Defense Mechanisms

Defense mechanisms are the mind’s powerful ability to protect itself by avoiding feelings of discomfort and anxiety and negative perceptions of self. You may recognize at least one of them: repression. This defense tactic is used to banish from conscious memory something too painful to remember. We hide uncomfortable and hurtful feelings from awareness; they still exist…but we can’t ‘see’ them. Think of it as clothes and belongings (memories, experiences) accumulated over years of life in a large suitcase.

At the bottom of the suitcase lies old memories and experiences. If you keep accumulating stuff and pile them up in that suitcase, what lies at the top will begin hiding what is underneath. If you don’t shake the suitcase (i.e., discuss and address difficult memories) they can be forgotten. It is this motivation to bar from conscious awareness that is the defense mechanism.

Sigmund Freud may have had some outlandish ideas about sexuality but his genius was his ability to notice defense mechanisms. He identified many, including repression, which he considered most fundamental. There is also regression (going back to an infantile or younger stage in life to feel safer) and projection (blaming others for our own faults).

With regards to Mr. Trump, there is one defense mechanism that fits him like a glove: reaction formation.

His comments, behaviors, and reactions are remarkably consistent with folks who use this strategy to defend themselves from uncomfortable feelings. So what is reaction formation and what is The Donald trying to defend himself from?

Reaction Formation

Reaction formation is a fascinating strategy because it flies in the face of logic. It is the expression of feelings towards an event, a situation or something about ourselves that is the opposite of what we truly feel.

It is the person who condemns the drama on a reality TV shows when they secretly revel in it, it is the person who thinks drug addicts should face the harshest punishment when they are addicted themselves, it is the person vehemently defending heterosexual values because they are afraid of their own homosexuality (think Chris Cooper playing Colonel Frank Fitts in American Beauty and the many priests who used religion as a cover for sexually abusing children).

While it is hard to know for certain if one is defending a position sincerely or because of anxiety from expressing the opposite view, there is one characteristic of reaction formation that often gives it away: the excessive need to prove one’s point and the inflexibility of the position. In Mr. Trump’s case, any attack on him results in an immediate reaction from his part to remind everyone how great he is. He is quick to deny his failures, never admits wrongdoings and attacks anyone who criticizes his business record and his….hands.

Yes, his hands.

And if someone says he has small hands (as presidential candidate Marco Rubio commented and insinuating he has a small ‘something else’) then you are attacking his physical greatness or prowess. Now think about it: what political candidate, what person who runs for the highest office in the US feels the need to justify the size of his hands at the very beginning of a political debate? Donald Trump.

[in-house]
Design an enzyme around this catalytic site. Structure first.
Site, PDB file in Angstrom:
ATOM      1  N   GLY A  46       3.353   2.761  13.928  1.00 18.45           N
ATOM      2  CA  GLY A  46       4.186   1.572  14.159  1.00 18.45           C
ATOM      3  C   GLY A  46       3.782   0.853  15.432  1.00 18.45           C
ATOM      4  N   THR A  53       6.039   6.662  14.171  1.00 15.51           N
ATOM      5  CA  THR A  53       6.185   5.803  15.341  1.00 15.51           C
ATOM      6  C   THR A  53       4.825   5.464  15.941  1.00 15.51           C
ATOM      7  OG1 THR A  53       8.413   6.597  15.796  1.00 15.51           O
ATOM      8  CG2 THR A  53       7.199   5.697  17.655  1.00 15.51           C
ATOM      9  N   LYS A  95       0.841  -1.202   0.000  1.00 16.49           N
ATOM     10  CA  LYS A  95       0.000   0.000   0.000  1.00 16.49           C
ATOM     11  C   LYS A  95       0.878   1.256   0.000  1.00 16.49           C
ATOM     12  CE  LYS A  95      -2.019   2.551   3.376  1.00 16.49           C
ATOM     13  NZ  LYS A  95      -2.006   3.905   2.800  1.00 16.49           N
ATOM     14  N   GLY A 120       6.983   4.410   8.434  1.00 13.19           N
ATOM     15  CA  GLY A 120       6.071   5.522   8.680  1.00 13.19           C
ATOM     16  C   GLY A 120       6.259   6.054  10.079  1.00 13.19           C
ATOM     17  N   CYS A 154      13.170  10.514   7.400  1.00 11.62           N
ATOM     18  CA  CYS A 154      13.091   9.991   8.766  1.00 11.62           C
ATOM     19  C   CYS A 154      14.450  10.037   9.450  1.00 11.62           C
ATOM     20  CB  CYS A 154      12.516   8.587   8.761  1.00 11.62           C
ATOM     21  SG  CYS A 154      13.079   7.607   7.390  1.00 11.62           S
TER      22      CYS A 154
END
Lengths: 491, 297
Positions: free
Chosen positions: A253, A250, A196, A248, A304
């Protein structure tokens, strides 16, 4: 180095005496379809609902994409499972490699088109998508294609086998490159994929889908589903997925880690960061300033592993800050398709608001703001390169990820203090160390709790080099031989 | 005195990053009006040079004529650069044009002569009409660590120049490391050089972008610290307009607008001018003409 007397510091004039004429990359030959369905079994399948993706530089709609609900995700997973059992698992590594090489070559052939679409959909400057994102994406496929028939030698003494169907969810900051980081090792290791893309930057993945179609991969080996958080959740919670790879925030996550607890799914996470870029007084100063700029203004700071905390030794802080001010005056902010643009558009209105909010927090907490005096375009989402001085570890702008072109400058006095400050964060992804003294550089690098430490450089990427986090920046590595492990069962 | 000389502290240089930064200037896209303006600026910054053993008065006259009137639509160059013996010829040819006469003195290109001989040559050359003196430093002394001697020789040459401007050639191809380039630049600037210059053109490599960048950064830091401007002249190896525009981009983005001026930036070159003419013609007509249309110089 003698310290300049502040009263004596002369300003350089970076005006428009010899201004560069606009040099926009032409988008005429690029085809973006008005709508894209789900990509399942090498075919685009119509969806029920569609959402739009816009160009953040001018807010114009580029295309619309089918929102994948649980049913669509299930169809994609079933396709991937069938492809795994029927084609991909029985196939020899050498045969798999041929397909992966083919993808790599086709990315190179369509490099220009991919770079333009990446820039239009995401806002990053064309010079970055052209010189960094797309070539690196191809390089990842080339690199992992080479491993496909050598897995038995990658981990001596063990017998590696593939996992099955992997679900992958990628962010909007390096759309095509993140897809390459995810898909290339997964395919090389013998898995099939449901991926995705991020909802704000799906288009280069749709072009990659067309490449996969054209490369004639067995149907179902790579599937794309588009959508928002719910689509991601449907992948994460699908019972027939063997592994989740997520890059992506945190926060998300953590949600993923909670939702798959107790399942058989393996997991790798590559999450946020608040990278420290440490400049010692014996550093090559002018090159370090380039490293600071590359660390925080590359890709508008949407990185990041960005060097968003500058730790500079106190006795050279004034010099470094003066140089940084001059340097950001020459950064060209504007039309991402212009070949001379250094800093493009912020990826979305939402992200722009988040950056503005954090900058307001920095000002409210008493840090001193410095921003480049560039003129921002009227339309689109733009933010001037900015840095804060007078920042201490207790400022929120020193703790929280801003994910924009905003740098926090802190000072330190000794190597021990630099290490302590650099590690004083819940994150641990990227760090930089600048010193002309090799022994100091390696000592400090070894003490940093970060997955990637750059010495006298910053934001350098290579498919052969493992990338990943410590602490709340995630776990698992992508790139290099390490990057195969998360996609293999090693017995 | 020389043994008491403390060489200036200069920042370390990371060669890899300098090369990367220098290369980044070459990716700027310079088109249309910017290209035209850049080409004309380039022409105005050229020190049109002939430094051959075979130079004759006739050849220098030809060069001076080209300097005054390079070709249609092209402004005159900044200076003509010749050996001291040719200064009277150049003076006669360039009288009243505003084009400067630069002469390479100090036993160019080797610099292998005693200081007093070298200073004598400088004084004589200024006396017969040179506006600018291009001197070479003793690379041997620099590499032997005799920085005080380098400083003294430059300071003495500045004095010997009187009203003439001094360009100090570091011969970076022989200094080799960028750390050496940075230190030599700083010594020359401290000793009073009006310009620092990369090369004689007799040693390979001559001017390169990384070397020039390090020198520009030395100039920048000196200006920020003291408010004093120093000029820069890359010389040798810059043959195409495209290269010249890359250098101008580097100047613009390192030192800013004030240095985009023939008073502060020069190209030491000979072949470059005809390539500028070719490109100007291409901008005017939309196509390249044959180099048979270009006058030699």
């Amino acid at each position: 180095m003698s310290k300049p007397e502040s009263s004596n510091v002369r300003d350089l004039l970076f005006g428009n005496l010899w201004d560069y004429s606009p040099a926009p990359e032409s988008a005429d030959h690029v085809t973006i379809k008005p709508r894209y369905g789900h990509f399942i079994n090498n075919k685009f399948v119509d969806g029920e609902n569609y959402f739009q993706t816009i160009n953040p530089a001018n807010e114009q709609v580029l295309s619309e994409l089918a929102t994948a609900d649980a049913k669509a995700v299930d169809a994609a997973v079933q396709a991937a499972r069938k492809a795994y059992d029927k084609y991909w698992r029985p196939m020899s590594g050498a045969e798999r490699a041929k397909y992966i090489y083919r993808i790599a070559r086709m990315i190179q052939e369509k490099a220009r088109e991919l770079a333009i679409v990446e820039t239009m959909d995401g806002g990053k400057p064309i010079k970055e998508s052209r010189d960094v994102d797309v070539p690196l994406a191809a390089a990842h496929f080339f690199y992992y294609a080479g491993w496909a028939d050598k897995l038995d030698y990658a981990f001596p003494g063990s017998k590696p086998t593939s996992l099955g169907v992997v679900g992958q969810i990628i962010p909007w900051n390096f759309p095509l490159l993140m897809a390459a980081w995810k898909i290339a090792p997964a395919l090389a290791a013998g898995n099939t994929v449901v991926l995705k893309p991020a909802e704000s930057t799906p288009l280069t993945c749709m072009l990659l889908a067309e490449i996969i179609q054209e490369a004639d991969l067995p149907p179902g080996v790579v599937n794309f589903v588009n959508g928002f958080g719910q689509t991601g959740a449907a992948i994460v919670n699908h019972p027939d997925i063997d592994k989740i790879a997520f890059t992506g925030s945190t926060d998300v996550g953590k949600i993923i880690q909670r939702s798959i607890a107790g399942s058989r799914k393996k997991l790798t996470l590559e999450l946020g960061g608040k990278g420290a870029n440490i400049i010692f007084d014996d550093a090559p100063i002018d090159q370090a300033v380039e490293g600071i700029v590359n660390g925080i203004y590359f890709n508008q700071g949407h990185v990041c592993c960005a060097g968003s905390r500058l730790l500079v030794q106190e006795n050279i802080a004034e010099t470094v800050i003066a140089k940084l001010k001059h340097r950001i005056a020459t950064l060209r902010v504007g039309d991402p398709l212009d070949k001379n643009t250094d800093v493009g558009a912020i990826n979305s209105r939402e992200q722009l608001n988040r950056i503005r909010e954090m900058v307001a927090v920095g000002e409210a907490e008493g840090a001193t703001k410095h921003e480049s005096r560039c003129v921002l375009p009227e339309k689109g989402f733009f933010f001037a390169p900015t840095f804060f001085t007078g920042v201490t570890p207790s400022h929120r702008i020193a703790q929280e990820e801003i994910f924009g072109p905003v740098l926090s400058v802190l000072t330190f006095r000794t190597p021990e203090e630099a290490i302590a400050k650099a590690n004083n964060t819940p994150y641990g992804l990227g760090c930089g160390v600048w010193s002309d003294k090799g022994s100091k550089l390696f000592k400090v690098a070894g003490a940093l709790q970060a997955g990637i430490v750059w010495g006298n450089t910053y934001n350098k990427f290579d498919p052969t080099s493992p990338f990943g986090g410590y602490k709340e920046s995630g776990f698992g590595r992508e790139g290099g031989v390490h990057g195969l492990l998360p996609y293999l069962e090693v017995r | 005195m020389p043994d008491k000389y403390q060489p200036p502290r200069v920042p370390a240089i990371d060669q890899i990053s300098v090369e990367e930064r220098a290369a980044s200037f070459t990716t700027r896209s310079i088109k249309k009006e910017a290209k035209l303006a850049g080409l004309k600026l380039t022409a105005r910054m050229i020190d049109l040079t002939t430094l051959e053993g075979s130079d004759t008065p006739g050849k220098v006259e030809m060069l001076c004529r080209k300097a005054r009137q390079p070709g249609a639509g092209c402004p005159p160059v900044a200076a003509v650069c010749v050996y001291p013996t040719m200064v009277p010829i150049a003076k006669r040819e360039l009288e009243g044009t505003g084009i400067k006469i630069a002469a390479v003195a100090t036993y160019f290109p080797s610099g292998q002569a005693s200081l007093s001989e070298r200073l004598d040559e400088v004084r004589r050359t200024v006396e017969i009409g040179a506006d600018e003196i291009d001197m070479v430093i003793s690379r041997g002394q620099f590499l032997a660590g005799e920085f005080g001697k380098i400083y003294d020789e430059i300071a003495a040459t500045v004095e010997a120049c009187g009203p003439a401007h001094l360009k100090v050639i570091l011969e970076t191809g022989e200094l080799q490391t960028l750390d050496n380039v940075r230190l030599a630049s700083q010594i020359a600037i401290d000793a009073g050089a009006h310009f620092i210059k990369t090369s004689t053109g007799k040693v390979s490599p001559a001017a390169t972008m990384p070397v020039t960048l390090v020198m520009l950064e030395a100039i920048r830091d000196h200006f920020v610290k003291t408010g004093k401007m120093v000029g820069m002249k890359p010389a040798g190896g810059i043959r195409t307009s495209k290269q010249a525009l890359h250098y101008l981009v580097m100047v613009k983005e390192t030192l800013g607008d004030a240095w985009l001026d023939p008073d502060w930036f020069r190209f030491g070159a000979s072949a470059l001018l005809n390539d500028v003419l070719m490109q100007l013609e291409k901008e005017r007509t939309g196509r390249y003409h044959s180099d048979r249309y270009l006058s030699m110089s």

What person needs to exhibit his steaks, water, magazines and discuss how great they all are at a press conference following a primary win? Donald Trump. What man denies having been bankrupt four times and say ‘he just used what the law allowed him to do?”

Donald Trump.

‘His painstaking and excessive need to justify he is an amazing man leads us to wonder: does he really think he is or is he hiding deep insecurities about his competence?”

To answer this question, we get to the most interesting part of Trump’s personality. It is one thing to explain why you think you are ‘the greatest’ and it is another to lie to prove it. Faking reality, unconsciously or otherwise, is the glue of a defense mechanism. Lying is a powerful method to deny personal feelings of weakness, fraudulence or incompetence. In two separate public appearances (once following a primary victory and another at a recent debate) Trump lied.

  • Lie #1: He displayed steaks he claimed were his – as you would display a product for an infomercial – to prove his business was thriving. In reality, the steaks he displayed were not his (they belonged to another meat company – Bush Brothers) as Trump Steaks are no longer produced. And when reporters tried to verify the packaging brand Trump’s team quickly put them away.
  • Lie #2: He states never having heard anyone say anything negative about the size of his hands. Quoting him: “I never heard this one before…everyone says ‘Donald, you have beautiful hands’.” In reality, Donald’s hands have been ridiculed before. In fact, they have been ridiculed for decades. Here is the story behind lie # 2 and how his attempts to prove he has ‘beautiful hands’ lies at the heart of Mr. Trump’s personality insecurities.

In 1988, a New York-based satirical magazine began publishing a series of articles to poke fun at Mr. Trump. The authors of the articles called him the ‘short-fingered vulgarian.’ Over the course of eight years, they published a dozen articles on the short-fingered vulgarian. How do we know Trump knew of them? Over and over again, he sent them pictures of his hands as evidence they were not small. In other words, he was excessive and relentless in proving they were not short – behavior in line with reaction formation. What is remarkable is he has not stopped trying to prove his point, almost 30 years later.